The extraversion was the only category of personality to result in significant findings. A Pearson Correlation Matrix resulted in a correlation of .21 between the extraversion category and infidelity. Multiple regression resulted in a correlation (multiple R) of .23. A significant difference was found for the extraversion personality type category (F(4,481) = 6.46, p<.0001). Although under the accepted level of acceptance, the perceiving category showed a slight contribution (p<.07).
Scholar: Vickie Choitz
Mentor: Linda Thurston, Ph.D.
Wasting America's Future
An estimated 20% of America's children live in poverty. The impact of child poverty on the American economy is difficult to measure. However, in 1994, the Children's Defense Fund used four methods of calculation to estimate that each year 14.6 million children grow up in poverty thus reducing their future lifetime economic output by between $36.0 billion and $176.9 billion (Wasting America's Future). Using revised and updated values of the estimated lifetime earnings of a child who grows up in poverty, the author updated the estimates of the first two methods. Using the updated figures, method one presented a reduction in the future lifetime economic output of $30.0 billion. Method two yielded a reduction of $77.9 billion. Although these updated estimates are lower than the original estimates, they are more accurate with the revisions to estimates of educational level. It is still apparent that child poverty in the United States does reduce our economic productivity, and that effects all of us.
Scholar: Stacey Davis
Mentor: George L. Marchin
Isolation and Sequencing of the Chromium Reductase Gene from Bacillus thuringiensis
I am testing whether the chromium reductase gene from Bacillus thuringiensis can be isolated and sequenced. In order to investigate the nature of Cr(VI) reduction I am studying the plasmid from a metal resistant strain of Bacillus thuringiensis isolated from a polluted mining area in southeastern Kansas. This study could be applicable in the bioremediation of chromium pollution.
Scholar: Jody J. Hadachek
Mentor: Jack Cully, Jr., Ph.D.
The Effects of Grazing and Burning on Populations of Lone-Star Ticks (Amblyomma americanum) in Tallgrass Prairie
Ticks are parasites of wild ungulates such as bison (Bos bison) and white-tailed deer (Odocoileus virginianus). These parasitic arachnids can be problematic for humans, as certain species can carry diseases such as Lyme Disease (Borrelia burgdorferi). It would seem logical that studies of habitat manipulation on populations of tick species would allow us to use the most appropriate and effective methods of control to minimize harmful levels of these populations. A study was conducted under the supervision of Dr. Jack Cully during the summer of 1996 (June-August) near Manhattan, Kansas investigating the effects of fire and grazing on populations of lone-star ticks (Amblyomma americanum) in a grassland ecosystem. We hypothesized that ticks should be more plentiful in areas burned less frequently and grazed by native ungulates.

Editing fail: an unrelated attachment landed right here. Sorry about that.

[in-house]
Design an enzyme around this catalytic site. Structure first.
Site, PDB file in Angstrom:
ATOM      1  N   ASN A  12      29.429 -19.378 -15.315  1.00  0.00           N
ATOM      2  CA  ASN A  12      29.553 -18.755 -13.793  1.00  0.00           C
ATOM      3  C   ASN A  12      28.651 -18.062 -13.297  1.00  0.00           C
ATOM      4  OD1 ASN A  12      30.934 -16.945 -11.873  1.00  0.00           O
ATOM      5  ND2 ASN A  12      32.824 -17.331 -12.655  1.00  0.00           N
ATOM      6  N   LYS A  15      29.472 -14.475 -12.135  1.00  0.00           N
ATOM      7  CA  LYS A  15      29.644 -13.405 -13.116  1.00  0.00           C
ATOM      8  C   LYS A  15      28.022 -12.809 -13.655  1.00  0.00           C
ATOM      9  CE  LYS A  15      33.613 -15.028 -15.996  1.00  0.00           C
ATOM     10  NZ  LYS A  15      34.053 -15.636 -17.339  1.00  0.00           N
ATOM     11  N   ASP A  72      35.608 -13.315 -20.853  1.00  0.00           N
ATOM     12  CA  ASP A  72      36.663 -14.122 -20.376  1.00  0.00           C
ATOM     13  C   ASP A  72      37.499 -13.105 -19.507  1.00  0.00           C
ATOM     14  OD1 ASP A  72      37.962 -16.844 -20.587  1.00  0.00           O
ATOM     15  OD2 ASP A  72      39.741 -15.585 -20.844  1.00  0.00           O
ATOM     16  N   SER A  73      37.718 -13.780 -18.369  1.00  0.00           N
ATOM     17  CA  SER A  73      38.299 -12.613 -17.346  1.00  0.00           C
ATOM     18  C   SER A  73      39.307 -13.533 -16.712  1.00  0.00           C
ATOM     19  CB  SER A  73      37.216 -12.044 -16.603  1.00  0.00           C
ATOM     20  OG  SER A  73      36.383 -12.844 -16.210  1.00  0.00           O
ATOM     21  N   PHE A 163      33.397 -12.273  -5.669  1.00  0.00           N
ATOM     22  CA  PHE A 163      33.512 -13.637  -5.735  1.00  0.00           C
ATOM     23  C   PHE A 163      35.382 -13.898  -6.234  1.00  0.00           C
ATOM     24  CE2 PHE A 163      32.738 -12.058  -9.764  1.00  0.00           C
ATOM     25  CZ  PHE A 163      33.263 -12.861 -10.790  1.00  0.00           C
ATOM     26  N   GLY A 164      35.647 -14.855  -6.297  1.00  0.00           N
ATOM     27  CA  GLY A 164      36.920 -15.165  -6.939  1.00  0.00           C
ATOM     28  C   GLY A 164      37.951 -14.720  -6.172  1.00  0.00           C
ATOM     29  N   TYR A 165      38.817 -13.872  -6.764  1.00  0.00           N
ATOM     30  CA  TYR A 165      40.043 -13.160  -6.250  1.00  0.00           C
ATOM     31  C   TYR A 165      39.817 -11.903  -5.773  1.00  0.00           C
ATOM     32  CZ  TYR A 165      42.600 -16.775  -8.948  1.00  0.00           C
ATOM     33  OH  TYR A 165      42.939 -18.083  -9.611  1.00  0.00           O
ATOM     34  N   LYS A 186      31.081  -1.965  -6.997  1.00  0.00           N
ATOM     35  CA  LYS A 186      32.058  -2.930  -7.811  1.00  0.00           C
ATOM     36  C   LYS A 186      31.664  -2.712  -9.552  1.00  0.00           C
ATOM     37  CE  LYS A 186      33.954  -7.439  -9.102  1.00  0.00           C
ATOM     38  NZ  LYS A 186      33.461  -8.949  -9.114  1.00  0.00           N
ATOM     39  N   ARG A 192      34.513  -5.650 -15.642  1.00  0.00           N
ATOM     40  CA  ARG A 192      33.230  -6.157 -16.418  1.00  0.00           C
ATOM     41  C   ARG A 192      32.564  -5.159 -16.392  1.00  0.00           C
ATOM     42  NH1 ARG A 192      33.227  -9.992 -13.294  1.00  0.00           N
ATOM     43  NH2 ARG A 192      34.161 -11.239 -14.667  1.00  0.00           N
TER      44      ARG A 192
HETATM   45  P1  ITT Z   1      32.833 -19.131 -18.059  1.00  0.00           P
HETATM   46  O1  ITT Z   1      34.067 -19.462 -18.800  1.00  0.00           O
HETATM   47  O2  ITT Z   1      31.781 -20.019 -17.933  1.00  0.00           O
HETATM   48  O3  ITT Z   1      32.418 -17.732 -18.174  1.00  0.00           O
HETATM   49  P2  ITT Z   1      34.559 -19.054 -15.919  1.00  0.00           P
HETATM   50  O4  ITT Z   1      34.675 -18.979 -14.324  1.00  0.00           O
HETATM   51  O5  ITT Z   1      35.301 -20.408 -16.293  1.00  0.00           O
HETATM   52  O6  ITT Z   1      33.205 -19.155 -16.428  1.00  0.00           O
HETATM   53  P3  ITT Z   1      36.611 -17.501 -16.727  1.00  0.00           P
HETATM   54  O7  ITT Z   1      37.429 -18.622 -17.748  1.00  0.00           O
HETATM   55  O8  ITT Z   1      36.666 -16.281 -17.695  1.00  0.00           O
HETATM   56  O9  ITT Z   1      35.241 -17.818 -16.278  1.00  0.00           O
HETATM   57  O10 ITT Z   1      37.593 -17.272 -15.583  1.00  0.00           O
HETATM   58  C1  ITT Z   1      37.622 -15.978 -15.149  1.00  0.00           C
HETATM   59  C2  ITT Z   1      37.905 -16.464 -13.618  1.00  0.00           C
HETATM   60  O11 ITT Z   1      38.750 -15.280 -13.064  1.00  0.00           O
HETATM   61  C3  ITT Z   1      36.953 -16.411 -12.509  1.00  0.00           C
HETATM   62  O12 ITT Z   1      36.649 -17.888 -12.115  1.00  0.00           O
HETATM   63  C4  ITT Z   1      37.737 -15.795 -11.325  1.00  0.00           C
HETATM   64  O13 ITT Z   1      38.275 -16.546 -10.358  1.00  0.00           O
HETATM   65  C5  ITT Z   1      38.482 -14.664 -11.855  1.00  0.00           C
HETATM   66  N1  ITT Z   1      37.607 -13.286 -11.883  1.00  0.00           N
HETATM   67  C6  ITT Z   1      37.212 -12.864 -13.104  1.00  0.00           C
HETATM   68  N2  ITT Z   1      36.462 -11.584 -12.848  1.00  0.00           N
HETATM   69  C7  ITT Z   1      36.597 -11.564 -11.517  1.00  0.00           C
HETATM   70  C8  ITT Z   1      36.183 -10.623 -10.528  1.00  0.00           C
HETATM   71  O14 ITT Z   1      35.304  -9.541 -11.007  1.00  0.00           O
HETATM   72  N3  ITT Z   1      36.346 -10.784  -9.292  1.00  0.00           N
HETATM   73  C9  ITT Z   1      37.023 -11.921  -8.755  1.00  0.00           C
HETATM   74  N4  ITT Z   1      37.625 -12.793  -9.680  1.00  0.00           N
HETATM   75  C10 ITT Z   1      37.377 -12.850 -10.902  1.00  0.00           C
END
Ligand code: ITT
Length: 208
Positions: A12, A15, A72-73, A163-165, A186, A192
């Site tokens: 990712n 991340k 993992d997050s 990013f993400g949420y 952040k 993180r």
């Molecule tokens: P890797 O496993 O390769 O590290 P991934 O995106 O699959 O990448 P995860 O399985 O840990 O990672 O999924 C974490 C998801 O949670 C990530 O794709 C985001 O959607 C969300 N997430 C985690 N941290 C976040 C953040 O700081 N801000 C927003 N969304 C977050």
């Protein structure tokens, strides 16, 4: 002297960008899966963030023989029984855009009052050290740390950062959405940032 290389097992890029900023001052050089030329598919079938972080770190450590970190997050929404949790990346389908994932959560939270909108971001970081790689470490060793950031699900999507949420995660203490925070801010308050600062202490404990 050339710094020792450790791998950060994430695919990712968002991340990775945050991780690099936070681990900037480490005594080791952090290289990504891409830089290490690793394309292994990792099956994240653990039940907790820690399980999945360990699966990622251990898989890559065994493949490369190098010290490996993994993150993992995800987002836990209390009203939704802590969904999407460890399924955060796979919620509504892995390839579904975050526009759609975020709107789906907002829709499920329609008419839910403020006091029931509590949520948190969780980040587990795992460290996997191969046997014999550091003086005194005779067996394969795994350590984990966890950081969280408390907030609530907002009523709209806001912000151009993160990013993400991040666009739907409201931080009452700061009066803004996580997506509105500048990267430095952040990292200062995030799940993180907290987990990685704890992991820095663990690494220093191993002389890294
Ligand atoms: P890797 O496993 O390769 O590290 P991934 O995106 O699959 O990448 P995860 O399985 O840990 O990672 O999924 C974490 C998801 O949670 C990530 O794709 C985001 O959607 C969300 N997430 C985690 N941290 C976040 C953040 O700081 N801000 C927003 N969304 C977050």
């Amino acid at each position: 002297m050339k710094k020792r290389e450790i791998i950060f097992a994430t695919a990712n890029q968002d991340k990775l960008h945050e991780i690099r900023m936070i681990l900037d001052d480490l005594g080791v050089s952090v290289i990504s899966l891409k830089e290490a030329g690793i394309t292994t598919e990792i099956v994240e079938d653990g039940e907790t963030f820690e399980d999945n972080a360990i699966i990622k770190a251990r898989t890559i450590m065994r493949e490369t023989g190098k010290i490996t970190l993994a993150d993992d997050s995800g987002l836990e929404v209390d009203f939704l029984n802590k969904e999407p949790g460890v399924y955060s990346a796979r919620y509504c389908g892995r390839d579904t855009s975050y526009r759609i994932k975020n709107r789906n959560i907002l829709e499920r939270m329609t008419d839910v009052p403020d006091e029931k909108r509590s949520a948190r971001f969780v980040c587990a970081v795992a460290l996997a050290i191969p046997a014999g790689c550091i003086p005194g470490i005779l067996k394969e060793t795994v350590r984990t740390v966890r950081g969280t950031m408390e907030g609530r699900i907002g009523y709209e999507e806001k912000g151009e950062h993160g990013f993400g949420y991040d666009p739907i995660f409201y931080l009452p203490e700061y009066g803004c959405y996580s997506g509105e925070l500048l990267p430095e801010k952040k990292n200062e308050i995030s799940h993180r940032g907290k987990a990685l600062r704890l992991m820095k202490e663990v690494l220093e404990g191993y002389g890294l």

Our study site in this experiment was the Konza Prairie Research Natural Area. It is an 8600-acre grassland Long-Term Ecological Research (LTER) study area which provides habitat for a variety of mammals and birds. The Konza LTER is divided into study watersheds, each with its own burning and grazing regimes; the two major grazing ungulates are O. virginianus and B. bison. This study area is very useful in studying A. americanum for two major reasons: First, this is the most abundant grassland tick species in the area. This allows for easy data collection. Second, the study site allows for controlled burning and grazing treatments on a large-scale area.
The study involved a total of twelve watersheds, variously scattered over the study site. Of these, five were ungrazed and seven were grazed. Grazing by native ungulates allowed ticks to aquire blood meals and either mature themselves or nourish their eggs. Each of the twelve watersheds were subject to 1, 4, or 20 year burn intervals. The removal of understory vegetation by fire acts to reduce humidity available for ticks, thus creating a saturation deficit and ultimately causing dessication.